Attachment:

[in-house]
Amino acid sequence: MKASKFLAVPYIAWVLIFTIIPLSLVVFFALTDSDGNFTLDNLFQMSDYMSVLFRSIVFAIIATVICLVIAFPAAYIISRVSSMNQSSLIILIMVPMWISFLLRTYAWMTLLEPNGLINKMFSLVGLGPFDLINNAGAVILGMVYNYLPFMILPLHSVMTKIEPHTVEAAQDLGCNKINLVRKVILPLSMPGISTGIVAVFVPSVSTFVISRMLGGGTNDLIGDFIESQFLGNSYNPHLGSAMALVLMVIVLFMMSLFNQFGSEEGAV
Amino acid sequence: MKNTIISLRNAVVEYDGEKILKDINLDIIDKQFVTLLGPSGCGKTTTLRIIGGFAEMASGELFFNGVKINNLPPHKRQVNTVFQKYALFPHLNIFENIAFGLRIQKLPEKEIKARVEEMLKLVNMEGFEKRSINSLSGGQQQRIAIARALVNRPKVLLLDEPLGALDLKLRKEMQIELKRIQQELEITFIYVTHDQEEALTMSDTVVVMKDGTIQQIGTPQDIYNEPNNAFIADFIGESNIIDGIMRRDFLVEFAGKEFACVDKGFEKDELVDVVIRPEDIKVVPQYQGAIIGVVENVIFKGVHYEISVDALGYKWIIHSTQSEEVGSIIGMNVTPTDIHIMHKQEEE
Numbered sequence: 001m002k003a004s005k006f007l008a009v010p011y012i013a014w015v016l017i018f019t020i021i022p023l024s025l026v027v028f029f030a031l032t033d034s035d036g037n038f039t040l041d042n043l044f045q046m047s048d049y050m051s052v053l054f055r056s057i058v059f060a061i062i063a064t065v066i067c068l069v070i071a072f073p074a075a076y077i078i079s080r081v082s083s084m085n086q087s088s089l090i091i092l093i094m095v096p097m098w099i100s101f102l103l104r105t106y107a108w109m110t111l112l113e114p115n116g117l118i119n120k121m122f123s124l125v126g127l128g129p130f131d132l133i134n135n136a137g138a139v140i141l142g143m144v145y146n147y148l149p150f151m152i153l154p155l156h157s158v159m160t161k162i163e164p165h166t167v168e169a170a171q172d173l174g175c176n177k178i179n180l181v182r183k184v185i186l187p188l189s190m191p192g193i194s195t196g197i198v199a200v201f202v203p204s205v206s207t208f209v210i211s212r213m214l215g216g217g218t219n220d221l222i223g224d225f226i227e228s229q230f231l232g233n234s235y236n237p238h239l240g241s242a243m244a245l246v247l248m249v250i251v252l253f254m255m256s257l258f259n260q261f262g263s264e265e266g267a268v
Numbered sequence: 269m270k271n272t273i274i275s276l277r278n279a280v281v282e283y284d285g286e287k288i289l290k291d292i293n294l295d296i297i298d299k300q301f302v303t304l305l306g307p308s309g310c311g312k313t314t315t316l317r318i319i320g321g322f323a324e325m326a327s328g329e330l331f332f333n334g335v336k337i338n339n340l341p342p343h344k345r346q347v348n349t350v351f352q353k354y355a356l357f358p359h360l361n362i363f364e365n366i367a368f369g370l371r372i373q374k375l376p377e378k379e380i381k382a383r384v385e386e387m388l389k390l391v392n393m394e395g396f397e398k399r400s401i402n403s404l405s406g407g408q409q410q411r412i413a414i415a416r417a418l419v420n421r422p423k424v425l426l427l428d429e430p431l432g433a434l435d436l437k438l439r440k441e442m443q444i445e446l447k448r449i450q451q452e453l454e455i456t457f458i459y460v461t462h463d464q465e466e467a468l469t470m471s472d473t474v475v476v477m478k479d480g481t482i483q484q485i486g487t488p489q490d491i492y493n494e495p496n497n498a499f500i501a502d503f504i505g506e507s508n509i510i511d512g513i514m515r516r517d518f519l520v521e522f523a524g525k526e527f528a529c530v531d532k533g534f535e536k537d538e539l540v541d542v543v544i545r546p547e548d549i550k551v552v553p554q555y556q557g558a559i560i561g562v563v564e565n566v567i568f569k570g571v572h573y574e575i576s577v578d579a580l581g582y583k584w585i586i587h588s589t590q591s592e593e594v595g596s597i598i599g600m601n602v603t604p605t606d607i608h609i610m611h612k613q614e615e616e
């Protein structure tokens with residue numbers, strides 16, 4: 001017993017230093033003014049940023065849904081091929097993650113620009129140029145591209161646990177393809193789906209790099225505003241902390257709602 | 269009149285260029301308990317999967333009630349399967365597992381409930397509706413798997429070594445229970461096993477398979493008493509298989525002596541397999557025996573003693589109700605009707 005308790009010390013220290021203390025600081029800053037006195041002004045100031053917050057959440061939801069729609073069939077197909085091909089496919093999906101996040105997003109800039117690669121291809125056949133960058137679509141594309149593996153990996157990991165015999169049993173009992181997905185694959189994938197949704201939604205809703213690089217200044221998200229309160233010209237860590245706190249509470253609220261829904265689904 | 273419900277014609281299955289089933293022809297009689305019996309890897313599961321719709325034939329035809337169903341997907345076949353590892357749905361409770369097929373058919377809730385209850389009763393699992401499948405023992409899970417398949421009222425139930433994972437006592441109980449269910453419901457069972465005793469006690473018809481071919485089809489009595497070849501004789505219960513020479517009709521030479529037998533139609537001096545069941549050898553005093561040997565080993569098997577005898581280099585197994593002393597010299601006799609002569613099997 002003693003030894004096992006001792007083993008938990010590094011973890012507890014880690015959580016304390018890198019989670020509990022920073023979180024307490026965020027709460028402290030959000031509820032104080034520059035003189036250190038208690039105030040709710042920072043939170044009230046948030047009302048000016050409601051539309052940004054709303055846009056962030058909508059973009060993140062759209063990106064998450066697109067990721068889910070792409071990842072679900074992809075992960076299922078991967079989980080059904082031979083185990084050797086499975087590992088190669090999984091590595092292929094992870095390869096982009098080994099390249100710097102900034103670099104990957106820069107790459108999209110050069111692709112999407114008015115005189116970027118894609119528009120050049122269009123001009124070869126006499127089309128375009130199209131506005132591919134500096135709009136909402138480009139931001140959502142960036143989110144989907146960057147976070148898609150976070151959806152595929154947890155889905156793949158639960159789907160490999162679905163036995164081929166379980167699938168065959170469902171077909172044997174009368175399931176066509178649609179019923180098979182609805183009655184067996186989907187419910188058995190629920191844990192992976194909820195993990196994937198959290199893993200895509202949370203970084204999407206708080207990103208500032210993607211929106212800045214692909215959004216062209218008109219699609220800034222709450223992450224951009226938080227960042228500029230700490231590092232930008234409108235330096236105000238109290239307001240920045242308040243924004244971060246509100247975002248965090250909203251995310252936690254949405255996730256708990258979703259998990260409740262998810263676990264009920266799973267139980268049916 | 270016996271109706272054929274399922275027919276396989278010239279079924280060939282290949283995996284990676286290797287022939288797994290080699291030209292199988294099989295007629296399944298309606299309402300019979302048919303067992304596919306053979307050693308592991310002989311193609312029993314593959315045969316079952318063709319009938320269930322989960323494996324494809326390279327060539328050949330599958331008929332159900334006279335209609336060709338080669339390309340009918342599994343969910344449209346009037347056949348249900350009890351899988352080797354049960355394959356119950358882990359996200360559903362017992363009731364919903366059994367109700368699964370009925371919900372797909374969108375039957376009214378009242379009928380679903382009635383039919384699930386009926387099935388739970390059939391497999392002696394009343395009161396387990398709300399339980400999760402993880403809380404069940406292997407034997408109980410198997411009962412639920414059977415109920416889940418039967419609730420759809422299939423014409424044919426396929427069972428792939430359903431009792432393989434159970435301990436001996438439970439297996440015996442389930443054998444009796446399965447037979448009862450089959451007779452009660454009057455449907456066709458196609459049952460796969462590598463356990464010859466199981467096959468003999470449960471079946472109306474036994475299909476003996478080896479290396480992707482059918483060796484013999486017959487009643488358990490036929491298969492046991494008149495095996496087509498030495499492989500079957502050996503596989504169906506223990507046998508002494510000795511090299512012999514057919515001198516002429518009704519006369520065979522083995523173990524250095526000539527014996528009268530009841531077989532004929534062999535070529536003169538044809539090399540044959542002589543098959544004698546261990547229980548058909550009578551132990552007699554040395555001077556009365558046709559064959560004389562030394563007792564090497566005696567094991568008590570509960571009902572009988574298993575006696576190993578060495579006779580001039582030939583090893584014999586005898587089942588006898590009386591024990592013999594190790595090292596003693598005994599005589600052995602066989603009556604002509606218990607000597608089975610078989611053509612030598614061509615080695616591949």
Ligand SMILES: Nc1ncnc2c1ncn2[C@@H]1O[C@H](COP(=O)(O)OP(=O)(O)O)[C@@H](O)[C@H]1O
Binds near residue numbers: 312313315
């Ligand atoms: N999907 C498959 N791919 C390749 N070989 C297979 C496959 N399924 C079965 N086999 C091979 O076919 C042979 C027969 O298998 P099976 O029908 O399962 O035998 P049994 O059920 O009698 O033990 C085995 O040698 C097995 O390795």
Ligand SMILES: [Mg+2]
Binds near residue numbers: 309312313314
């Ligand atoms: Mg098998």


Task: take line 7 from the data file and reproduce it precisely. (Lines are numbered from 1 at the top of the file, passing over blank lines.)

Ligand SMILES: Nc1ncnc2c1ncn2[C@@H]1O[C@H](COP(=O)(O)OP(=O)(O)O)[C@@H](O)[C@H]1O